Self-help groups have encountered fierce criticism as places where individuals join to share personal problems and to engage in therapeutic intervention without the aid of skilled professionals. These groups have flourished since the 1970s and continue to serve more people than professional therapy.
Yet these groups have been criticized as fostering a culture of whiners and victims, and not using professional help as needed. Thomasina Jo Borkman debunks this commonly held assessment, and also examines the reasons for these groups’ enduring popularity since the 1960s—more people attend these meetings (word?) than see professional therapists. What accounts for their success and popularity?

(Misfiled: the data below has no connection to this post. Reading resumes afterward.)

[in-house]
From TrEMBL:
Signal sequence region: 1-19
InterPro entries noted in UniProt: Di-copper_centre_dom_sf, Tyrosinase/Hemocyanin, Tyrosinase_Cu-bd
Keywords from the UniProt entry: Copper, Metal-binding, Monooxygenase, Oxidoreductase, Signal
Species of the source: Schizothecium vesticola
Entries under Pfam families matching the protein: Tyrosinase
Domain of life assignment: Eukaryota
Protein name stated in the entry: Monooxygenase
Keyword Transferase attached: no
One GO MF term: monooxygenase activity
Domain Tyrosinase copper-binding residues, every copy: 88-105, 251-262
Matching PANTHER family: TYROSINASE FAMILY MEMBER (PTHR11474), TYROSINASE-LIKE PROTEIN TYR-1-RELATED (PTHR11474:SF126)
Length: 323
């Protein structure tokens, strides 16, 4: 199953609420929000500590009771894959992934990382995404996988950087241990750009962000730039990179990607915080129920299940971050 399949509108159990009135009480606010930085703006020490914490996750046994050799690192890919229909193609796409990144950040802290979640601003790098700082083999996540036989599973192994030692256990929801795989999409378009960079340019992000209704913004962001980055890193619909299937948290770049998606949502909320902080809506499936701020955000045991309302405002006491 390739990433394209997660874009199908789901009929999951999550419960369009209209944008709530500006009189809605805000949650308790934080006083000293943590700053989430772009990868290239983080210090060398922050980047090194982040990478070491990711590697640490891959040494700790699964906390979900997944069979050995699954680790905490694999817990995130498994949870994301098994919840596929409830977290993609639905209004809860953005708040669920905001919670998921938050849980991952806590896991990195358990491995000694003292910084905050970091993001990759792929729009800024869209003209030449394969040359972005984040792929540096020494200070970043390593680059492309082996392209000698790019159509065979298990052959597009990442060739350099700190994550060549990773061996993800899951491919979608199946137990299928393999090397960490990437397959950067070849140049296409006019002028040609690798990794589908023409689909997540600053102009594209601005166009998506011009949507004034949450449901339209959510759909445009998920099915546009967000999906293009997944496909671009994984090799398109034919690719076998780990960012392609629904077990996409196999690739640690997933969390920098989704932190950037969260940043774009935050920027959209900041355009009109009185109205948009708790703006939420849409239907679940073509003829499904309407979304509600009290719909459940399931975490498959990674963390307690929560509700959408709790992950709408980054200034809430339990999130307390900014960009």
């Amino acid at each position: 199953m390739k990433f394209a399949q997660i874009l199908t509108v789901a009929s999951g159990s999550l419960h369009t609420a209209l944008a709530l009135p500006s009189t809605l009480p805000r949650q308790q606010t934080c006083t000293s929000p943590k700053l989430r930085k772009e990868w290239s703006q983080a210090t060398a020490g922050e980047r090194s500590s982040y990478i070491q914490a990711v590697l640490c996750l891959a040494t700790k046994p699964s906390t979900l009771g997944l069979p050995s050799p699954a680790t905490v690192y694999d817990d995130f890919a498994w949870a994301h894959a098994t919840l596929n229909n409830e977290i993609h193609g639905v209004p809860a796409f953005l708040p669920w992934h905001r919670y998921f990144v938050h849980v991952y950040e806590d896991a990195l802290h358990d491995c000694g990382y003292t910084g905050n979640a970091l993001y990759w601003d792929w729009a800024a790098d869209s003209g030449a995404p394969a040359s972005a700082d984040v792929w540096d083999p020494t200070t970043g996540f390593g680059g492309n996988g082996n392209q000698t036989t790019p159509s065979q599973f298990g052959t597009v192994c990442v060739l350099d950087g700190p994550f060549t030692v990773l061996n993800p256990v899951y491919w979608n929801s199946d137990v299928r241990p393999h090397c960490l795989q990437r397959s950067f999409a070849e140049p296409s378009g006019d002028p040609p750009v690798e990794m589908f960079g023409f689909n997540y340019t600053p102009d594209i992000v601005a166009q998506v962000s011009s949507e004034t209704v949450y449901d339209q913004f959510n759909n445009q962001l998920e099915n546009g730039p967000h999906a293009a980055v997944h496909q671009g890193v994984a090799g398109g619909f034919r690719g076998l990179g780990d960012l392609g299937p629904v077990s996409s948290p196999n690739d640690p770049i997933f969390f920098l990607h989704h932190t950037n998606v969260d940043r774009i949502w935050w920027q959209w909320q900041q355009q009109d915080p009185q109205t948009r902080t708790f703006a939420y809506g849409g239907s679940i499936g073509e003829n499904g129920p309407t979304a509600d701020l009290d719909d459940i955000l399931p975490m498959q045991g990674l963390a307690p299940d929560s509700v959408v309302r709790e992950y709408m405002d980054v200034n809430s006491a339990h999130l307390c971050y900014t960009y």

Understanding Self-Help / Mutual-Aid Groups is the first book to describe three stages of individual and group evolution that is part of this organization’s very structure; it also reconceptualizes participants’ interactions with professionals. The group as a whole, Borkman posits, draws on the life experiences of its membes to foster nurturing, support, and transformation through a “circle of sharing.” Groups create more positive and less stigmatizing “meaning perspectives” of the members’ problems than is available from professionals or lay folk culture.